Fiber Optic Cables vs. Other Cables

Fiber Optic Cables vs. Other Cables

The Organization for Economic Cooperation and Development (OECD), which monitors economic trends in North America, Europe, Australia, Asia and other developed regions, found that subscriptions to fiber optic broadband internet increased by about 13.9% from June 2012 to June 2013. This significant growth shouldn’t be too hard to understand as fiber optic cables are one of the best means to transmit data over long distances and at higher data rates than other cables.

In comparison to traditional copper wiring (which is more commonly found in homes) fiber optic cables offer much higher data rates and have the ability to reach longer distances. Copper wiring is typically installed in phone lines and cable TV services, which can make it more convenient, but fiber optic cable can transmit data at rates of 100 megabits per second to one gigabit per second.

It’s becoming increasingly difficult for traditional copper cabling to meet growing bandwidth needs. As data traffic on wireless networks continues to explode — from 90,000 terabytes of traffic per month in 2012 to 3.6 million terabytes per month by 2014 — optical fiber’s scalability makes it the best choice going forward, hands down.

Not too long ago, such speeds would have been considered “overkill” for most internet connection needs. However, the advent of modern computing uses has made the need for 1Gbps or even 100Mbps broadband beneficial in homes today. The requirements for even a “basic” internet connection have steadily increased in recent years as online features such as streaming audio, streaming video, online backup, software updates, video chat, multiplayer games, animated GIFs, and more have become popular.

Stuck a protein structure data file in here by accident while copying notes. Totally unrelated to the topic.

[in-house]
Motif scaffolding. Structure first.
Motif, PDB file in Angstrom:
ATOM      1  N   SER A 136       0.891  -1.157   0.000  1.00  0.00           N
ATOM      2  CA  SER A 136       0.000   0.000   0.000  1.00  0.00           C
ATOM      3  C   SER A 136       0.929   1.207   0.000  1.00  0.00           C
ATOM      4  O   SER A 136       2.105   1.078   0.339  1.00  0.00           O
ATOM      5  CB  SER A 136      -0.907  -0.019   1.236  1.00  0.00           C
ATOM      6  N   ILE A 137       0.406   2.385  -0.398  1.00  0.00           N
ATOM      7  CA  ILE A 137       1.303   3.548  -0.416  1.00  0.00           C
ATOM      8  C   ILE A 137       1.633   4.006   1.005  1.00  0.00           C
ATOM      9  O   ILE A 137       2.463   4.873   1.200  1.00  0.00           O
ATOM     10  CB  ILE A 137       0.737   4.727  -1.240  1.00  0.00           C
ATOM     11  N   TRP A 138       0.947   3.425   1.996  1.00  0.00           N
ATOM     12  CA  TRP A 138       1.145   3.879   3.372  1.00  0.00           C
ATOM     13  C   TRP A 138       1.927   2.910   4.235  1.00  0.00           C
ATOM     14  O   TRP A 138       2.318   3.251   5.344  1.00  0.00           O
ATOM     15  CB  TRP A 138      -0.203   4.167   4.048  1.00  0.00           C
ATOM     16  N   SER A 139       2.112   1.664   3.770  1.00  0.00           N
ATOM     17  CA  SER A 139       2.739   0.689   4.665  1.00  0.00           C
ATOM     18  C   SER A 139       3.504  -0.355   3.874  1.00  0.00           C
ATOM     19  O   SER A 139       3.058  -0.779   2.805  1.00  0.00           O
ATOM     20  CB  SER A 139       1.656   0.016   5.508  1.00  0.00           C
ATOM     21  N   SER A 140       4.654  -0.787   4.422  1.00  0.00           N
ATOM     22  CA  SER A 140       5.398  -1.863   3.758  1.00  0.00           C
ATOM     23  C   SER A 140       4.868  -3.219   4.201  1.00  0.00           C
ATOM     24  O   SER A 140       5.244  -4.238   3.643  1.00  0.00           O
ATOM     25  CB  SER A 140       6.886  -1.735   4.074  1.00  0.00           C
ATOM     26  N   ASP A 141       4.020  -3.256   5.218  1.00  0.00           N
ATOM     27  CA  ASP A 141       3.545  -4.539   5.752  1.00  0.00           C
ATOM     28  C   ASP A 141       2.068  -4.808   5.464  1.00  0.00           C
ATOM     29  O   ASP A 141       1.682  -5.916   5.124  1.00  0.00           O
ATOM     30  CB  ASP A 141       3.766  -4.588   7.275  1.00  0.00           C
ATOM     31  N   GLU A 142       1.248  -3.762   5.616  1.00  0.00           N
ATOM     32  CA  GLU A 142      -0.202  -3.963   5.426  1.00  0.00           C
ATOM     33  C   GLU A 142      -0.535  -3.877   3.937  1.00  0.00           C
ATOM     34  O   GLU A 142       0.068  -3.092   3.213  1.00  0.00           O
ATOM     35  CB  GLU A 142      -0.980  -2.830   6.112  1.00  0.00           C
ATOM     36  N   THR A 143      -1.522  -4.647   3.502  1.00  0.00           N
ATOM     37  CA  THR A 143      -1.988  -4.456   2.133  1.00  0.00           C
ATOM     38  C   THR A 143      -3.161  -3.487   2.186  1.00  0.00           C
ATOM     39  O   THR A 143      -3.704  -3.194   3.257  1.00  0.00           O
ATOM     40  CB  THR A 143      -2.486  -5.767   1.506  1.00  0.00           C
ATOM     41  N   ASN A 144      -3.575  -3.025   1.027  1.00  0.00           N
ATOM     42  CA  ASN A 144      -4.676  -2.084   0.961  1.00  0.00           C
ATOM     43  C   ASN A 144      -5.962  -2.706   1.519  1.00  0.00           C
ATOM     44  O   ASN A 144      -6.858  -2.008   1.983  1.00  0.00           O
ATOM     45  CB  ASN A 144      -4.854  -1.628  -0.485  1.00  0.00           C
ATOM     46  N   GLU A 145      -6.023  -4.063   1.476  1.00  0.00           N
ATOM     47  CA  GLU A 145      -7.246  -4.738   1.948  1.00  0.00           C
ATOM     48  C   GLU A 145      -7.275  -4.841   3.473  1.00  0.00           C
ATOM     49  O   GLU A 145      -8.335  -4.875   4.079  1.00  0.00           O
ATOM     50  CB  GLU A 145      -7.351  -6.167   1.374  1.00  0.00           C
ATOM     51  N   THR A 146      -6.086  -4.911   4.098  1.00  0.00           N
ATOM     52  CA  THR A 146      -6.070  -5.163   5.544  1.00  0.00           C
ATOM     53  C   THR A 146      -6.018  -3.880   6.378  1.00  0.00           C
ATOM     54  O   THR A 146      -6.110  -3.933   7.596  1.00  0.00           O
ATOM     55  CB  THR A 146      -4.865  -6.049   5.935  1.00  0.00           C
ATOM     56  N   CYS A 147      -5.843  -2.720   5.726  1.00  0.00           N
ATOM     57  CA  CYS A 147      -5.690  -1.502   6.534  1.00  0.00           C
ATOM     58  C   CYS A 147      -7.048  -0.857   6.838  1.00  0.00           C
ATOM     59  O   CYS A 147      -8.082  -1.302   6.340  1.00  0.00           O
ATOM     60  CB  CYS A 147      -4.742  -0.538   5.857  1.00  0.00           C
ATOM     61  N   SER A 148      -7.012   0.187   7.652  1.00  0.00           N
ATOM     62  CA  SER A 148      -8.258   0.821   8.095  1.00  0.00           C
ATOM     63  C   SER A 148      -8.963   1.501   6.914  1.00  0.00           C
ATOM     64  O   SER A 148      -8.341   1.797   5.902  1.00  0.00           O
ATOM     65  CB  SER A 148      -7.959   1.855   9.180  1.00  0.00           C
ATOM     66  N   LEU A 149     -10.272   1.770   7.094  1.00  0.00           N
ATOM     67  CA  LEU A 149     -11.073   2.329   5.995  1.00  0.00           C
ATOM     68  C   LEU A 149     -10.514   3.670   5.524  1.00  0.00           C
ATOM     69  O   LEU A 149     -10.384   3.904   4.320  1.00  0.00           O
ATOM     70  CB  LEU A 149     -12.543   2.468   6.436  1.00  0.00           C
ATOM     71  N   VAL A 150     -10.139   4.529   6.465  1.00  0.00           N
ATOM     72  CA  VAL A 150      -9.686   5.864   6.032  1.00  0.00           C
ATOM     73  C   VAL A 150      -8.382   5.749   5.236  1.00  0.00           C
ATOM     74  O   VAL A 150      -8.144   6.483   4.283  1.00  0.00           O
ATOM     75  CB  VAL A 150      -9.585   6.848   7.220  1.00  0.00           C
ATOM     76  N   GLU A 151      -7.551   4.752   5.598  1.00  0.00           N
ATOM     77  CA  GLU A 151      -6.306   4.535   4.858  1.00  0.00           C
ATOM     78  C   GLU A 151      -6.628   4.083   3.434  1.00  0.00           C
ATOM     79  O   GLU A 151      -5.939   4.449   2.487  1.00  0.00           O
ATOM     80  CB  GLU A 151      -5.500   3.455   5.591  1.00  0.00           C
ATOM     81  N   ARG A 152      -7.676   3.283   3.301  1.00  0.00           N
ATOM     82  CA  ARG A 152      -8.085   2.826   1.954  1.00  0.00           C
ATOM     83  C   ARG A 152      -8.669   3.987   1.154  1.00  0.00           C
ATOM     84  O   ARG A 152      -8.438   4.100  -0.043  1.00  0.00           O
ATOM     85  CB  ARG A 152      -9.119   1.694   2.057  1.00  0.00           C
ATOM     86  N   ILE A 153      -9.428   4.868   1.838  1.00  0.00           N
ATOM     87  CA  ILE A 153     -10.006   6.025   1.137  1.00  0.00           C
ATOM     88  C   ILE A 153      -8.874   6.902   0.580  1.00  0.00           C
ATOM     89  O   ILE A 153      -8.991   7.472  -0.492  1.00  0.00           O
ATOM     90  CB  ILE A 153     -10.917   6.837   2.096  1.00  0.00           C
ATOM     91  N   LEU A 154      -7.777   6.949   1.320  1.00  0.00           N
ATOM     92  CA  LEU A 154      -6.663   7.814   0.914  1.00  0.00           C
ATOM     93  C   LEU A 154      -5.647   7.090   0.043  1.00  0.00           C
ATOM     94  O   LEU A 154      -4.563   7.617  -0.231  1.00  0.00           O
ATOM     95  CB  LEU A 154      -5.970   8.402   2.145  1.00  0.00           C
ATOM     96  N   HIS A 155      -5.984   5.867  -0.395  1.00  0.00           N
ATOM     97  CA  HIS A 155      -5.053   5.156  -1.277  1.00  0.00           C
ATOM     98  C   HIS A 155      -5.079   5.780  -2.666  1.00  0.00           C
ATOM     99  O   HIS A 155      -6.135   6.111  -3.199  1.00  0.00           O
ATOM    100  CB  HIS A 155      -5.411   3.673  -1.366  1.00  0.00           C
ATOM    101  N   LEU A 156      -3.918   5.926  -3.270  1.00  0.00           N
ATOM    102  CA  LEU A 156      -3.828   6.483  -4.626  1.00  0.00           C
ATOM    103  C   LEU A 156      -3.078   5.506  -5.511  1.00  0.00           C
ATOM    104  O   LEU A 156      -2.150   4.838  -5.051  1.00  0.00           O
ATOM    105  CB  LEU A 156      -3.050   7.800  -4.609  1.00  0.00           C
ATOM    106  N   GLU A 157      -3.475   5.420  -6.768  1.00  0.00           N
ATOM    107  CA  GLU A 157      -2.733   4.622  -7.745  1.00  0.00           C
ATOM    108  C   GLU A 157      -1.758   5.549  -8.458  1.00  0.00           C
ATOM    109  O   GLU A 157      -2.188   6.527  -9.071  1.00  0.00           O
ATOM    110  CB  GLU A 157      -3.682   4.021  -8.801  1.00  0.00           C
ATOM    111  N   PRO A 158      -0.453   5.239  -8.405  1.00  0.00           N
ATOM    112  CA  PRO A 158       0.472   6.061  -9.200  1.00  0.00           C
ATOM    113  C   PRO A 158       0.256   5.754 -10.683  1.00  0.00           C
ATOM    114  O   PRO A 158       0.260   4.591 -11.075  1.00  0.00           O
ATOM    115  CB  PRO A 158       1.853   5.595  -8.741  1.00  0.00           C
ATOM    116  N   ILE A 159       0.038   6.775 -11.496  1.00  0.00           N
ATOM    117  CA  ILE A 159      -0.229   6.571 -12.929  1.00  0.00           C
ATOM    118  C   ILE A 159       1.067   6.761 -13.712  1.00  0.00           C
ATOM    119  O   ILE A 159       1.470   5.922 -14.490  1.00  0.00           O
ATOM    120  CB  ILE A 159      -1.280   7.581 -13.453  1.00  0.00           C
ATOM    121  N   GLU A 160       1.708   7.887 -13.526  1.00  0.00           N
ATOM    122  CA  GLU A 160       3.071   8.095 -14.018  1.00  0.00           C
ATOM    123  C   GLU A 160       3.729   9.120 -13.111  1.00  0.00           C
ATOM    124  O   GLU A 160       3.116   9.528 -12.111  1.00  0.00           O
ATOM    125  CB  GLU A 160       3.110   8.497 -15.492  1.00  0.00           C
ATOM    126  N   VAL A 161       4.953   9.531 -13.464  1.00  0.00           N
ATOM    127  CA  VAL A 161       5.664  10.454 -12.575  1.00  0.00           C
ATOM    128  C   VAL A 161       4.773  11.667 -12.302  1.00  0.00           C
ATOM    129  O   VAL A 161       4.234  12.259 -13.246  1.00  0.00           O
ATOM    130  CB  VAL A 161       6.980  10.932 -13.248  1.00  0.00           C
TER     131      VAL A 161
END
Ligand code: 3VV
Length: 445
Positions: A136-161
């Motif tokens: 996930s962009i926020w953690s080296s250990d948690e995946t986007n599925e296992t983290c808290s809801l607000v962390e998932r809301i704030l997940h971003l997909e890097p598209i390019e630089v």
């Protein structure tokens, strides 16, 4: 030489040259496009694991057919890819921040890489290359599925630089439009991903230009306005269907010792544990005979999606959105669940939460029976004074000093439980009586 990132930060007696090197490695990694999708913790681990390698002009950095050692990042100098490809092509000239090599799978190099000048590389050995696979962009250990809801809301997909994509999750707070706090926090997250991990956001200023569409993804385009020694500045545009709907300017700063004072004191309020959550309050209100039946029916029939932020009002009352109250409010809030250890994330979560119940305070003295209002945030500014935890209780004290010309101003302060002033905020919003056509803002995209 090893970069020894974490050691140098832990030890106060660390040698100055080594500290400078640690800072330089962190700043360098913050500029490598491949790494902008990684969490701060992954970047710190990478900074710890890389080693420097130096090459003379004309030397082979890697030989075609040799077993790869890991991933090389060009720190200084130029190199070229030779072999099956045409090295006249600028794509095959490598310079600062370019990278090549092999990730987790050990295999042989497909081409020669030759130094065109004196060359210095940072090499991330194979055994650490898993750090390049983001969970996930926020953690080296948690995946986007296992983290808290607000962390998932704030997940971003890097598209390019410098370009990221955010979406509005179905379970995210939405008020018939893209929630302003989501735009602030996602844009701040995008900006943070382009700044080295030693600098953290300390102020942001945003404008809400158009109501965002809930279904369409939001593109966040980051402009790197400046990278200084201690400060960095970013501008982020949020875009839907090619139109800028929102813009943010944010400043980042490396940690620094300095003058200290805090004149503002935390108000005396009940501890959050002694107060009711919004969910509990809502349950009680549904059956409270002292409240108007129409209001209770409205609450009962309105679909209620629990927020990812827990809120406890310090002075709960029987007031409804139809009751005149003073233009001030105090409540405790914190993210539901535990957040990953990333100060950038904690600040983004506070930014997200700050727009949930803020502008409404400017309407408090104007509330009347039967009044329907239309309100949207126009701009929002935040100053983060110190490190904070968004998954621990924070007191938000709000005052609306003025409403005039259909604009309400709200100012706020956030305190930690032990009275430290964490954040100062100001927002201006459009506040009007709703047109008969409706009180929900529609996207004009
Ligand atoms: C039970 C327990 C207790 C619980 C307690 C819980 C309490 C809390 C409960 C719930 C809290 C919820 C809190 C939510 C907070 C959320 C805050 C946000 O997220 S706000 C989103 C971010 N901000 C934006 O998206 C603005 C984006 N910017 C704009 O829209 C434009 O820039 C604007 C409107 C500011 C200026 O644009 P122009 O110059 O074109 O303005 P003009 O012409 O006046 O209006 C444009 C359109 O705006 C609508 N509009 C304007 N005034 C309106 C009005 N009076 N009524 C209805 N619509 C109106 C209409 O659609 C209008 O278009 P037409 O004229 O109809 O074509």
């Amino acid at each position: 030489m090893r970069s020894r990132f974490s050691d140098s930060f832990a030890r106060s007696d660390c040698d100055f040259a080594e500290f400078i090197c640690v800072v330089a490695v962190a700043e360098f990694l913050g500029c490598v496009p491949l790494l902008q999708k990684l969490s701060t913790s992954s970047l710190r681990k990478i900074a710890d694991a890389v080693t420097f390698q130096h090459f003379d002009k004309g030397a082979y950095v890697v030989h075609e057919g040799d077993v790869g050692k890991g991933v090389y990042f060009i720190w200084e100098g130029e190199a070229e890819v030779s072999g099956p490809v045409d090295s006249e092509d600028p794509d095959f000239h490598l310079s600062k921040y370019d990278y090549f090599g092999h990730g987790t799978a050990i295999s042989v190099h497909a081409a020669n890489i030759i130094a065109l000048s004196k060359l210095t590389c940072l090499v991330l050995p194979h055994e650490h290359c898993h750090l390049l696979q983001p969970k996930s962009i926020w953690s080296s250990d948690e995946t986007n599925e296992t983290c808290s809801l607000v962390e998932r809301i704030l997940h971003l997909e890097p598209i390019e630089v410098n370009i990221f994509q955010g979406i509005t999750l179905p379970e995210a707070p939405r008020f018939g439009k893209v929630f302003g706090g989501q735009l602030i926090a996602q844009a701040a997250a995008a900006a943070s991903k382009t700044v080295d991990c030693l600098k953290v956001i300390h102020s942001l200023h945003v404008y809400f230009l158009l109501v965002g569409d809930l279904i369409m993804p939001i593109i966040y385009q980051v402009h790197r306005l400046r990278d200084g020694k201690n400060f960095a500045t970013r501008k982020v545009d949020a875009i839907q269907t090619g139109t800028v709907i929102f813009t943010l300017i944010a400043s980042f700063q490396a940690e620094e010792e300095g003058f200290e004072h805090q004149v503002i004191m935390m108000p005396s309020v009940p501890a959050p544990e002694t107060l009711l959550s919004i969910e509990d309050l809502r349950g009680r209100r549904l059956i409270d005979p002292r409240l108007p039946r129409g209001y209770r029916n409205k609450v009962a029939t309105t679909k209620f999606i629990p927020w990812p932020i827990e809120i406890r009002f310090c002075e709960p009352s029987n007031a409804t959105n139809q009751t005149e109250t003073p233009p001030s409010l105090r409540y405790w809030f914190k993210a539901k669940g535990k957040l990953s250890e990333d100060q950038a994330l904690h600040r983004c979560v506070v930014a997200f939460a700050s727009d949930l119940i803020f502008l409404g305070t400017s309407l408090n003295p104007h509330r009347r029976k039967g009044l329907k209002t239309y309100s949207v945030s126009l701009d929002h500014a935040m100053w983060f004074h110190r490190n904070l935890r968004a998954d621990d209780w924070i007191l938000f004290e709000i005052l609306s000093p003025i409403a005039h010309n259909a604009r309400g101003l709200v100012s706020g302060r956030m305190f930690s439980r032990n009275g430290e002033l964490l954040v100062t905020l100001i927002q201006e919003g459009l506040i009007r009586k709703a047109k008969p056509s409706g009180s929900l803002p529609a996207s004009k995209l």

It may not look it, but pound-for-pound, fiber optic cable is one of the strongest and most durable of materials. Inch for inch it is even stronger than steel and more durable than copper. Every centimeter of optical fiber is strength tested at a minimum of 100,000 pounds per square inch to ensure its mechanical integrity. Corning’s Center for Fiber Optic Testing sets the industry standard for performance testing.

In fact, fiber optic cable is so strong and durable, experts in the industry aren’t even sure what the “theoretical lifespan” is for them. Fiber optic cable that was made and installed over 40 years ago is still in use today, and newer cables now being made are of even better quality. In other words, if you don’t already use optical fiber to connect to the internet, you may not be very far off from adding this feature to your home.

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